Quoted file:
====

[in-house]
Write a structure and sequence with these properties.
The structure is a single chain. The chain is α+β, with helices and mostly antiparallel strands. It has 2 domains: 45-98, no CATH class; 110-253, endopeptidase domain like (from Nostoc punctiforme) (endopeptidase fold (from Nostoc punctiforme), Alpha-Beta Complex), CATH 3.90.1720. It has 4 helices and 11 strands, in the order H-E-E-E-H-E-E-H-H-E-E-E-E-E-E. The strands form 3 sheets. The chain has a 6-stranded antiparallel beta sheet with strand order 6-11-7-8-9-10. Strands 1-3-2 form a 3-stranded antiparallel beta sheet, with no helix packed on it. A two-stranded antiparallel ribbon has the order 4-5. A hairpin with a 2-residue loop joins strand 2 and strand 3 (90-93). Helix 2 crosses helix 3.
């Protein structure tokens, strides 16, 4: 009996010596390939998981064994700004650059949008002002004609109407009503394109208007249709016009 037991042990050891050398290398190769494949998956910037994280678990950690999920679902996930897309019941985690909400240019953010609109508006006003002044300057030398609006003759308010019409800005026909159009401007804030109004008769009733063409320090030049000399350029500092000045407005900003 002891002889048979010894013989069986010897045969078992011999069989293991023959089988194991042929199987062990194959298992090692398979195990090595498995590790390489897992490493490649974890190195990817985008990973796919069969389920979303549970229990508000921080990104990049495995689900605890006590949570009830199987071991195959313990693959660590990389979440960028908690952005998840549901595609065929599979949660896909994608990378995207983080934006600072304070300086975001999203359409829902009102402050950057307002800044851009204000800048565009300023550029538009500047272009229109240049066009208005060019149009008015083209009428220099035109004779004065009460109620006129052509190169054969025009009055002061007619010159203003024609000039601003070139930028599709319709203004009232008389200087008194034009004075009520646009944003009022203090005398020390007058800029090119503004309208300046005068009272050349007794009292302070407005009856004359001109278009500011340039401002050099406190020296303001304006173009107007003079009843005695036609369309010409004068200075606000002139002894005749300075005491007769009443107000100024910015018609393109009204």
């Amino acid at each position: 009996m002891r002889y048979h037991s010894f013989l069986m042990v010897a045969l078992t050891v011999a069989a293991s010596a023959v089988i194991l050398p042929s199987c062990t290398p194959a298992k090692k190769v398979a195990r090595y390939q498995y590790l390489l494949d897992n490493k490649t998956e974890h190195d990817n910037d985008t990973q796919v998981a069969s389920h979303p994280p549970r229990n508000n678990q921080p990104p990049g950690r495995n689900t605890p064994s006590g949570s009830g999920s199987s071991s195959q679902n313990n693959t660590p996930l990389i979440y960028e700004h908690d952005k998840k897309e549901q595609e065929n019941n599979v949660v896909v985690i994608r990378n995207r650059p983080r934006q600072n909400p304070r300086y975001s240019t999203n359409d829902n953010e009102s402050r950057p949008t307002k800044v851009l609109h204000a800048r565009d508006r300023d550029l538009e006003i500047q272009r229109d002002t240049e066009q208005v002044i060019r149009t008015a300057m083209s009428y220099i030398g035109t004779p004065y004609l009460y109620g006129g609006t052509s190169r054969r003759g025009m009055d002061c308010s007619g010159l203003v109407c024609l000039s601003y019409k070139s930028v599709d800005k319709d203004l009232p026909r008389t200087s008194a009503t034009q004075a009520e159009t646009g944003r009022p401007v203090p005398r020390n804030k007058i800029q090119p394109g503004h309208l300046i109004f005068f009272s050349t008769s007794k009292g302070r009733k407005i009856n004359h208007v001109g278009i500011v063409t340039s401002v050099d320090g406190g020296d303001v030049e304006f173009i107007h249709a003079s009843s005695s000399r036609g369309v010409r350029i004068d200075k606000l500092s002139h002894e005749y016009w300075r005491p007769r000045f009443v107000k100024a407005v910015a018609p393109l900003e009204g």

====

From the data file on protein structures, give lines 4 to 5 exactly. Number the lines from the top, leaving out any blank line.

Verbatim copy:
């Protein structure tokens, strides 16, 4: 009996010596390939998981064994700004650059949008002002004609109407009503394109208007249709016009 037991042990050891050398290398190769494949998956910037994280678990950690999920679902996930897309019941985690909400240019953010609109508006006003002044300057030398609006003759308010019409800005026909159009401007804030109004008769009733063409320090030049000399350029500092000045407005900003 002891002889048979010894013989069986010897045969078992011999069989293991023959089988194991042929199987062990194959298992090692398979195990090595498995590790390489897992490493490649974890190195990817985008990973796919069969389920979303549970229990508000921080990104990049495995689900605890006590949570009830199987071991195959313990693959660590990389979440960028908690952005998840549901595609065929599979949660896909994608990378995207983080934006600072304070300086975001999203359409829902009102402050950057307002800044851009204000800048565009300023550029538009500047272009229109240049066009208005060019149009008015083209009428220099035109004779004065009460109620006129052509190169054969025009009055002061007619010159203003024609000039601003070139930028599709319709203004009232008389200087008194034009004075009520646009944003009022203090005398020390007058800029090119503004309208300046005068009272050349007794009292302070407005009856004359001109278009500011340039401002050099406190020296303001304006173009107007003079009843005695036609369309010409004068200075606000002139002894005749300075005491007769009443107000100024910015018609393109009204």
């Amino acid at each position: 009996m002891r002889y048979h037991s010894f013989l069986m042990v010897a045969l078992t050891v011999a069989a293991s010596a023959v089988i194991l050398p042929s199987c062990t290398p194959a298992k090692k190769v398979a195990r090595y390939q498995y590790l390489l494949d897992n490493k490649t998956e974890h190195d990817n910037d985008t990973q796919v998981a069969s389920h979303p994280p549970r229990n508000n678990q921080p990104p990049g950690r495995n689900t605890p064994s006590g949570s009830g999920s199987s071991s195959q679902n313990n693959t660590p996930l990389i979440y960028e700004h908690d952005k998840k897309e549901q595609e065929n019941n599979v949660v896909v985690i994608r990378n995207r650059p983080r934006q600072n909400p304070r300086y975001s240019t999203n359409d829902n953010e009102s402050r950057p949008t307002k800044v851009l609109h204000a800048r565009d508006r300023d550029l538009e006003i500047q272009r229109d002002t240049e066009q208005v002044i060019r149009t008015a300057m083209s009428y220099i030398g035109t004779p004065y004609l009460y109620g006129g609006t052509s190169r054969r003759g025009m009055d002061c308010s007619g010159l203003v109407c024609l000039s601003y019409k070139s930028v599709d800005k319709d203004l009232p026909r008389t200087s008194a009503t034009q004075a009520e159009t646009g944003r009022p401007v203090p005398r020390n804030k007058i800029q090119p394109g503004h309208l300046i109004f005068f009272s050349t008769s007794k009292g302070r009733k407005i009856n004359h208007v001109g278009i500011v063409t340039s401002v050099d320090g406190g020296d303001v030049e304006f173009i107007h249709a003079s009843s005695s000399r036609g369309v010409r350029i004068d200075k606000l500092s002139h002894e005749y016009w300075r005491p007769r000045f009443v107000k100024a407005v910015a018609p393109l900003e009204g």